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Critique of Intelligent Design

Evolution vs. Creationism

The Art of ID Stuntmen

Faith vs Reason

Anthropic Principle

Autopsy of the Bible code

Science and Religion

Historical Notes


Serious Notions with a Smile


Letter Serial Correlation

Mark Perakh's Web Site


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Title Author Date
Dating the Israelite Exodus Rubin, Ephraim Dec 05, 2004
Dear Sir/Madam--

Your chronological table has been somewhat garbled by either your or our
mail program, but in essence, if you are counting by the time intervals
specified for each Judge and for "Judge-less" periods, then you will arrive
at over 560 years for the period from the Exodus until the building of the
First Temple (the total figure is in any event somewhat problematic, since
no exact values are given for some periods). If you go by I Kings 6:1,
however, it says that the period in question spanned only 480 years! That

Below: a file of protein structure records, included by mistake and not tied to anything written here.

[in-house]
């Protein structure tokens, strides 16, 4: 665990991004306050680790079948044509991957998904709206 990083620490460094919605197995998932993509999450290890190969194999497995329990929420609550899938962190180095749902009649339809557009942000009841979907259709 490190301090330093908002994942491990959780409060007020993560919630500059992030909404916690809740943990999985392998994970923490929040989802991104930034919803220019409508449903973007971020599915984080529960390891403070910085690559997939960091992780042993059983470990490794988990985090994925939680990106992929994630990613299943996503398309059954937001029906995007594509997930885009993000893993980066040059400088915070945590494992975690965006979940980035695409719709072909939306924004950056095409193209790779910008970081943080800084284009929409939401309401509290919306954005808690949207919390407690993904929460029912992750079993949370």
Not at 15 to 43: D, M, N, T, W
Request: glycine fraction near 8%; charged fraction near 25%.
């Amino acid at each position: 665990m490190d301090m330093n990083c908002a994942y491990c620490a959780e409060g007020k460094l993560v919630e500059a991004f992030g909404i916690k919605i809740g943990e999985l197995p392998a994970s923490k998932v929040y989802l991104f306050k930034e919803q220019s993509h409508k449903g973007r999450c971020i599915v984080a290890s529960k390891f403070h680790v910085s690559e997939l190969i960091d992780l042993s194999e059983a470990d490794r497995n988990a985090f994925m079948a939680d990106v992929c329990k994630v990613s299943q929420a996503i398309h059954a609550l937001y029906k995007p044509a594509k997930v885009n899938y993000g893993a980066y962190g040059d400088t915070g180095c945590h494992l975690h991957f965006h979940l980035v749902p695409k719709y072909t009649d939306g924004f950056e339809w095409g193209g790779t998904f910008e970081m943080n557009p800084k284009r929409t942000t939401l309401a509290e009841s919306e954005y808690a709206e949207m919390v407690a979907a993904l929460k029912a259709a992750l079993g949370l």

would bring you to c. 1445 BCE for the Exodus -- in other words, to the
reign of Thutmose III, the first Egyptian king who established a really firm
grip on Canaan. A poor time for an Exodus from Egypt into Egyptian-dominated
Canaan, indeed.
But actually, things are not much better with the date c. 1525 BCE based on
the figures for Judges. For while at that time the Egyptians were busy
driving out the Hyksos [was it a Hyksos pharaoh that brought on Egypt the
Ten Plagues and thus irritated the indigenous inhabitants? :-) ], they had
established their grip on Canaan by 1479 BCE (Thutmose III), and how is it
that the Egyptian presence of 300 years is not mentioned in a single word in
the whole Joshua-Judges?
Incidentally, Exodus 1:11 mentions the city of Ra'amses which the Israelites
built in Egypt, and that could be only Pi-Ramesse, the royal capital of
Ramesses II (reigned c. 1279-1213 BCE). And Ramesses II's son, Merneptah
(reigned c. 1213-1203 BCE), is the first to mention the Israelites he
encountered on his campaign in Canaan. But still, the absence of any
reference to the Egyptians in Canaan (where they stayed at least until
Ramesses VI, reigned c. 1143-1136 BCE) from Joshua-Judges is puzzling. The
Israelites could have stayed out of touch with the Egyptians if they eked
out a modest living as a rural community in the central mountains of
Palestine, where the Egyptian presence was probably nonexistent, but not if
they set out on a country-wide conquest campaign.
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